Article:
Stewing
A stew is made by simmering pieces of meat, fish and/or vegetables slowly in liquid, typically stock and wine flavored with aromatics. Usually thicker and more substantial than a soup, a stew is commonly served as a main course. It is similar to a braise, although stews generally use more liquid and the food is cut into smaller pieces.

Delicious and versatile, these comforting one-pot meals are among the basic dishes found in almost every cuisine, from the meat or seafood stews of France to the clay pots of Asia. A few famous French stews are the daube (which can also be a whole piece of braised beef), the ragout and beef bourguignonne. The meat for stews is often browned to add flavor to the liquid, which gradually thickens as the meat cooks. Some dishes, such as fish stews and blanquette de veau (white veal stew), are made without browning.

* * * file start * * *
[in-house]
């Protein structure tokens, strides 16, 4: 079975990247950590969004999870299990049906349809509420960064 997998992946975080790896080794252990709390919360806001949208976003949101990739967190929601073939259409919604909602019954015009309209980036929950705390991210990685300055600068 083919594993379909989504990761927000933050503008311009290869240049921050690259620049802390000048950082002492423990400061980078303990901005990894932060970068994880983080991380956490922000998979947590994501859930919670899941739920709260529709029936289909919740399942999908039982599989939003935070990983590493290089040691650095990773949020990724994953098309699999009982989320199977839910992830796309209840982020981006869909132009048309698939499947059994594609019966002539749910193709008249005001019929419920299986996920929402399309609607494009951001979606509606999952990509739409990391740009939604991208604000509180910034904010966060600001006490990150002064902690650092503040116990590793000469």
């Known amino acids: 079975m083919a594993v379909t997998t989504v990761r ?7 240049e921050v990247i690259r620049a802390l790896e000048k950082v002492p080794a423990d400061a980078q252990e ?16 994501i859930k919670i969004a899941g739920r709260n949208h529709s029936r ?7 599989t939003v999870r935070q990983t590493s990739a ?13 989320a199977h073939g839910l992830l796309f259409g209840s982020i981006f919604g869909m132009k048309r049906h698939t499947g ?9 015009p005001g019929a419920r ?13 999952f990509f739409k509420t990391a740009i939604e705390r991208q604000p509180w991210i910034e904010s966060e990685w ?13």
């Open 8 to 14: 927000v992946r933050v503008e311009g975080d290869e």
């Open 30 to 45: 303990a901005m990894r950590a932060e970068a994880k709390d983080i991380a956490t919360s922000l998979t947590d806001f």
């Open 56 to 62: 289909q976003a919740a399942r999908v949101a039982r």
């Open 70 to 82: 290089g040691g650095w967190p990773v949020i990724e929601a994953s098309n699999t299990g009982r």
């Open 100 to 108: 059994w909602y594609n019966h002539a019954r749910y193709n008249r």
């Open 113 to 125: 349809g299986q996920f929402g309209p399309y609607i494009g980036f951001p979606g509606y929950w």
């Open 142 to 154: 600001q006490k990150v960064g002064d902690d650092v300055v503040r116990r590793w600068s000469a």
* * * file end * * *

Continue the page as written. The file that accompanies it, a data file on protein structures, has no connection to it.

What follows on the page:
Stews are economical as they are generally made with foods that require long cooking to become meltingly tender, such as root vegetables and tougher cuts of meat. They also have the advantage of usually tasting better the day after they are made. Refrigerating a stew overnight allows the flavors of the various ingredients to deepen.

Here you'll find recipes for a variety of hearty stews, from chicken bouillabaisse to a spicy Moroccan lamb stew.
Adapted from Williams-Sonoma Kitchen Companion, (Time-Life Books, 2000).